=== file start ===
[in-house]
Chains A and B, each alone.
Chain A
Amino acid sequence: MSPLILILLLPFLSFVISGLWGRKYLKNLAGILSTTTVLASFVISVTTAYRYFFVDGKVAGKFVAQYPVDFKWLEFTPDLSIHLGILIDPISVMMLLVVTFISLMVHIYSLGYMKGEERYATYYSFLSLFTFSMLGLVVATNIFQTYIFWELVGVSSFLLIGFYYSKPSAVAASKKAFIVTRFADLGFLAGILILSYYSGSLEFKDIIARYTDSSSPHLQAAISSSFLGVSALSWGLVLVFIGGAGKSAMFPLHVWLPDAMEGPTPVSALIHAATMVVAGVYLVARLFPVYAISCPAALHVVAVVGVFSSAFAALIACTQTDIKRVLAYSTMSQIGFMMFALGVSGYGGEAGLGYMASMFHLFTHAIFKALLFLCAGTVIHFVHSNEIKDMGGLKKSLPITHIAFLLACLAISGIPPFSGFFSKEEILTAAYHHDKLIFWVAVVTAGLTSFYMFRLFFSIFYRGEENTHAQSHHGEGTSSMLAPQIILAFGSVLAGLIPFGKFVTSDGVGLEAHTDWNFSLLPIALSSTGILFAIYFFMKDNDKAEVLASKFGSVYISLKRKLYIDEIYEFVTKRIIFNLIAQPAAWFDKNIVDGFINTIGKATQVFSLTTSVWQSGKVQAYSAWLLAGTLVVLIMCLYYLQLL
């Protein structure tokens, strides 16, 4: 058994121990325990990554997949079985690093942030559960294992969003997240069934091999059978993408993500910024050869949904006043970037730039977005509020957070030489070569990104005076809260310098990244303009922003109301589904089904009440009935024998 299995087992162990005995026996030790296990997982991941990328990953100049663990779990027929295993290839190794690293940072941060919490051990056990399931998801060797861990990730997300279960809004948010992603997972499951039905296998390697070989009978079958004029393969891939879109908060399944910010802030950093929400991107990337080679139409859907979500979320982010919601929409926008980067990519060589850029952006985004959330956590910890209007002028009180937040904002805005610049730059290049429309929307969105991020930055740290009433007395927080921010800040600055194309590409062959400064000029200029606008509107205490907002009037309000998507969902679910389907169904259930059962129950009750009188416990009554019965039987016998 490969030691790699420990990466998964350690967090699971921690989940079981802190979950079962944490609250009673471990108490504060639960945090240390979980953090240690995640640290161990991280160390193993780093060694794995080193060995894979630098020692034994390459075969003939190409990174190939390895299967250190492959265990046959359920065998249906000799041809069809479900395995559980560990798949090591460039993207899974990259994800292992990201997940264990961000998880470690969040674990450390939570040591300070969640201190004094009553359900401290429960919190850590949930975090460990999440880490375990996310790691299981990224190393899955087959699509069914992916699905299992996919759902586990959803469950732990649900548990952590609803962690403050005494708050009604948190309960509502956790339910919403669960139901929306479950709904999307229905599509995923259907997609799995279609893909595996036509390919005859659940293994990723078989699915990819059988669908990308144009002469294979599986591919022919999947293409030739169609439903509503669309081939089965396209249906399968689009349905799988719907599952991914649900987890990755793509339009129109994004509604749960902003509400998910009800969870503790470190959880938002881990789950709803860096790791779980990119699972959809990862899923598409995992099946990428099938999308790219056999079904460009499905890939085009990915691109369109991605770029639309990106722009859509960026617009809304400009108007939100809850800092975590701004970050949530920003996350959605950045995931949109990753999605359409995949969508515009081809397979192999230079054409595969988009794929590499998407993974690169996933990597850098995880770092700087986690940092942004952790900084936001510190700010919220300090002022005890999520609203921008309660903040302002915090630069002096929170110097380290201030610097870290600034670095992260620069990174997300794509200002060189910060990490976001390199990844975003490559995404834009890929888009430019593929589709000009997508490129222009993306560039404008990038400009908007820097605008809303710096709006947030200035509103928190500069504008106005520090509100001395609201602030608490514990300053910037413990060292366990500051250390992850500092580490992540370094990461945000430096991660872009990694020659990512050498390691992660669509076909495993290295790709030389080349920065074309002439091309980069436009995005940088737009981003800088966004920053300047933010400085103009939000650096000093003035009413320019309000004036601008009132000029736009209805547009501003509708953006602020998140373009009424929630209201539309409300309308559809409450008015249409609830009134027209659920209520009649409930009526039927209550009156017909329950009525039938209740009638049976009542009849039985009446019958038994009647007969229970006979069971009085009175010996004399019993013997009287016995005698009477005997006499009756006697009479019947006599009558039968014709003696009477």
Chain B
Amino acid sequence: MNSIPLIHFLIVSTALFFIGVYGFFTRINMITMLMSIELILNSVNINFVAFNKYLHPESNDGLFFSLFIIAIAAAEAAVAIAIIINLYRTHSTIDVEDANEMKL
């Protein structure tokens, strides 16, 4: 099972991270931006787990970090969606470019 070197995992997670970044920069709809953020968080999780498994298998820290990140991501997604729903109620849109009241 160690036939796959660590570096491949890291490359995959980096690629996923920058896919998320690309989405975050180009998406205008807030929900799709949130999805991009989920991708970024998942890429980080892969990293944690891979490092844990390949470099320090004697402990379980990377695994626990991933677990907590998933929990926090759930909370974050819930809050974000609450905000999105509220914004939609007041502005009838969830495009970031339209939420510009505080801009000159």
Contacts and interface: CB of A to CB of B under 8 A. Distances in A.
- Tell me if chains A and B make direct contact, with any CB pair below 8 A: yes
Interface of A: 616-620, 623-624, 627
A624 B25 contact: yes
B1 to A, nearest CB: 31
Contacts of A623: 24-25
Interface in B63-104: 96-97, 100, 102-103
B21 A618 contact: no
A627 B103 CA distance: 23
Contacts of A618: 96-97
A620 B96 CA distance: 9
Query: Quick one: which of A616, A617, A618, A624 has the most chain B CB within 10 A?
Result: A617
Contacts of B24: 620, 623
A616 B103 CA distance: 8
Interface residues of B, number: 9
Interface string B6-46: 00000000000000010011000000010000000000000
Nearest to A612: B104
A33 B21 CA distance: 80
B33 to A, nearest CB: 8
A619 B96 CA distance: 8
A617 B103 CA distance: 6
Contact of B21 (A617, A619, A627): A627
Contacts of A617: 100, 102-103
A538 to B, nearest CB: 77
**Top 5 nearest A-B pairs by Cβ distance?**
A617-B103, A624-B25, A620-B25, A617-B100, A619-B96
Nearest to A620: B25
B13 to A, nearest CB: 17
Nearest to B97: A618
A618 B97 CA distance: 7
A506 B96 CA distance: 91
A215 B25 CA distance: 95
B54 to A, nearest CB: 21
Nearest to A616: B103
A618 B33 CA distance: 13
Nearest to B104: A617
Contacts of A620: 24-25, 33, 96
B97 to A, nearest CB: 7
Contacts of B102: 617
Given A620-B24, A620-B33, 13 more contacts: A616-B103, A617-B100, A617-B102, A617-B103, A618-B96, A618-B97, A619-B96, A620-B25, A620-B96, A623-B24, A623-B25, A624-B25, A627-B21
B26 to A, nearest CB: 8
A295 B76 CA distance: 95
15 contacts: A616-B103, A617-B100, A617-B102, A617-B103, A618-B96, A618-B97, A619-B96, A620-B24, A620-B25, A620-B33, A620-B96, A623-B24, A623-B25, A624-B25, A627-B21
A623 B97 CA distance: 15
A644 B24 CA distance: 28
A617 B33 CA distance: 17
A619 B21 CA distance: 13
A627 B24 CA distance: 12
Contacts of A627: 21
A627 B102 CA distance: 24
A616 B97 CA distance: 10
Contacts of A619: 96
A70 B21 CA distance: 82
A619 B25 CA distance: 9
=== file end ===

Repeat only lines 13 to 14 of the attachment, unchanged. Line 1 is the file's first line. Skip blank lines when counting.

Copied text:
B1 to A, nearest CB: 31
Contacts of A623: 24-25